As we stare down these next nine months--good grief, we're going to be together long enough to gestate an entire human being--there are a few things I'd like for you to know.
1. I think you're underpaid, undervalued, and underappreciated. If I could afford to bring you a Starbucks each morning as a token of my love and affection for what you're doing, I would. (Although, yes, I am aware that in this particular state, chances are you'd find that highly offensive. You should know that coffee gift cards are my first thought EVERY time teacher appreciation week rolls around. But, never fear, I always settle for Expo pens or Kleenex or a bag of chocolates.) Your lunch break is too short, you should never have to have recess duty, and neither should you ever have to stand outside wearing that hideous yellow-green vest after school--especially in January.
2. My children are FAR from perfect. They have, in their lifetimes, lied, been disrespectful, and even lost their minds for no apparent reason. They're typically very well behaved at school but, should something happen, the benefit of the doubt will ALWAYS start out on your side. My first response will be, "What did my son do?" not, "What is wrong with you?" And that's a promise. We're raising fallen kids in a fallen world. We're trying to do it right and I hope you'll see that, but I will never pretend they're incapable of being at fault.
3. Need a hand? I have two. I want to help out wherever and whenever I can. It allows me to see how my child is doing in your environment and it helps you get to something you might not have been able to get to otherwise. Think win-win. Amiright?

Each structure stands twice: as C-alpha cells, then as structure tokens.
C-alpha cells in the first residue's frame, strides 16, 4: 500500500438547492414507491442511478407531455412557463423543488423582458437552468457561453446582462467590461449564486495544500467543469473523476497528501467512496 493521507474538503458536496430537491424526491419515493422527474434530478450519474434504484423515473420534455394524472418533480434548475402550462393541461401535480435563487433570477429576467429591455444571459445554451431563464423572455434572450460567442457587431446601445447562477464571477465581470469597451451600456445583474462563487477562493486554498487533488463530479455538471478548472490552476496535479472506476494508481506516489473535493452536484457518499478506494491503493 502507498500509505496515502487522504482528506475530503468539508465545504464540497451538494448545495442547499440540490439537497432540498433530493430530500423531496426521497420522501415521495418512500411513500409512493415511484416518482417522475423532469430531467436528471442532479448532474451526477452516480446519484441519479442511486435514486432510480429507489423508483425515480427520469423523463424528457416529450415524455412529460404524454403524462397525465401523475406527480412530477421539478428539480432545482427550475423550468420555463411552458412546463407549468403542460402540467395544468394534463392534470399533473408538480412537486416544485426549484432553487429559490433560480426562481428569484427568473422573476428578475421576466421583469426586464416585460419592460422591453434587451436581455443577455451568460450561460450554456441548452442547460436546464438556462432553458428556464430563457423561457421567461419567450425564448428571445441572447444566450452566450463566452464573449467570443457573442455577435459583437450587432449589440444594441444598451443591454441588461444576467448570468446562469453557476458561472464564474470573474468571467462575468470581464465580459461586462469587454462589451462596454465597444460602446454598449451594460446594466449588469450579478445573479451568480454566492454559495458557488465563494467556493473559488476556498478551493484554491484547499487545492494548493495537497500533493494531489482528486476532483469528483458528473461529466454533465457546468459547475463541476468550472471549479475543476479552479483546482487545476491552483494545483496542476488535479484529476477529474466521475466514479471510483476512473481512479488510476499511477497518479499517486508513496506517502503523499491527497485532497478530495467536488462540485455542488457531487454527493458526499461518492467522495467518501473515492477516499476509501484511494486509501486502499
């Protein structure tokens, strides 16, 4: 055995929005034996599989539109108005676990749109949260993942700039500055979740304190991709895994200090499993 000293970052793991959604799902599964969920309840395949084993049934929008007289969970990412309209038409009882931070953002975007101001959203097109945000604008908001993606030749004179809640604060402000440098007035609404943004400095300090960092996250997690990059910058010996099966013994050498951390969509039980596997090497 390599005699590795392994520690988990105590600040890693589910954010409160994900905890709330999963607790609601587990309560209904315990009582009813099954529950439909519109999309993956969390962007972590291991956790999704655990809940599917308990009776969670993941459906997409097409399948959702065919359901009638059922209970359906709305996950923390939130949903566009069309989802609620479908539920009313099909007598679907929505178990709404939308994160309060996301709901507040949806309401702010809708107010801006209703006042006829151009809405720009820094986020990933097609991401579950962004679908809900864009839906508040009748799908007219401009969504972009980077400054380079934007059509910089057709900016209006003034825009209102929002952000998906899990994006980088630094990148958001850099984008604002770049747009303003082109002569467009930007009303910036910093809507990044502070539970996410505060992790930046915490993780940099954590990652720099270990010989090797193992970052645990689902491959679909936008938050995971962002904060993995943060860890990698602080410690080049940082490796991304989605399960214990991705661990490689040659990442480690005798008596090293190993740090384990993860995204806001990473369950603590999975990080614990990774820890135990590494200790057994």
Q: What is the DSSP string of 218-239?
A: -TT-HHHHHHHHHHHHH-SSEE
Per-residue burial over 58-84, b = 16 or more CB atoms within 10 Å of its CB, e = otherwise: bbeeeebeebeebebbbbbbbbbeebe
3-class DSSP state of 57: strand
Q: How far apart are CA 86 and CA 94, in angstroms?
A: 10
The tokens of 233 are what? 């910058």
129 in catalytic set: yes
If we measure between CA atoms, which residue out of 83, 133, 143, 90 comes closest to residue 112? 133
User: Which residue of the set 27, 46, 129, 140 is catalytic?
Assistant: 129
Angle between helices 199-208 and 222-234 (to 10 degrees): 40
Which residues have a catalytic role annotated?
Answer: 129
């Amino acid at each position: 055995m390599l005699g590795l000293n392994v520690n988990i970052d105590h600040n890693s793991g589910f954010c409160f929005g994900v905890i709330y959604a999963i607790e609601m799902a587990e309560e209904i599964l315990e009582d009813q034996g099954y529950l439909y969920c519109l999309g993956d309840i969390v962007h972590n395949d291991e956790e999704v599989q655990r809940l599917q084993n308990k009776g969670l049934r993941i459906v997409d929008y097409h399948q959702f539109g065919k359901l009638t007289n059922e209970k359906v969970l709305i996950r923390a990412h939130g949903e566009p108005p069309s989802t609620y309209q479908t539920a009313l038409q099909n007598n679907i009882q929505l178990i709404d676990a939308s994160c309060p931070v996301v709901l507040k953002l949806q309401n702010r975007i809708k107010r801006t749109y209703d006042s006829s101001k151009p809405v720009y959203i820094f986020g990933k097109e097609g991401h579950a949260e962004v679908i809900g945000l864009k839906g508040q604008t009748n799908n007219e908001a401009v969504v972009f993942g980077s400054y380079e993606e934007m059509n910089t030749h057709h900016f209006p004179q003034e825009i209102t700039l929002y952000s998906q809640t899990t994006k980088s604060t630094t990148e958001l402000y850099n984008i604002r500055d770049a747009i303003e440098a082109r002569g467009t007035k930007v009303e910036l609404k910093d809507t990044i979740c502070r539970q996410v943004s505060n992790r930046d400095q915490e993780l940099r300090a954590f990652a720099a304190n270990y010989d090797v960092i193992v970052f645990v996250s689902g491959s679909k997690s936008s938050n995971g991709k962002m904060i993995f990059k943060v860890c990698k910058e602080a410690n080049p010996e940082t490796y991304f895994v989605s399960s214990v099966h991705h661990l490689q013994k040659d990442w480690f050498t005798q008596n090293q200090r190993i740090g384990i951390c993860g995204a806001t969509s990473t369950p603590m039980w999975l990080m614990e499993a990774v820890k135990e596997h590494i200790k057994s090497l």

4. My children will do their work. They will do their homework. They will pay attention and focus on what you've given them. They will be respectful and kind to you and to others. OR ELSE. Yes, they are 2nd and 4th graders, but they are also tiny versions of the men we are hoping and praying they become. Our expectations for them are high and we hope yours are too.
THAT SAID. I have just one request of you.
These boys are just bigger versions of the babies I begged God for. I know they are one of so very many that will pass through your classroom between now and retirement. I know they are just one in your world of dozens. But, if you could just remember that, for me, they are one of a kind, it would do my heart good. They are not perfect, but they are mine and I love them. Remember, please, that when I hand them over to you each morning, I'm handing you my own heart, and trusting you with it.
Good luck. Chin up. After all, June is just three seasons away.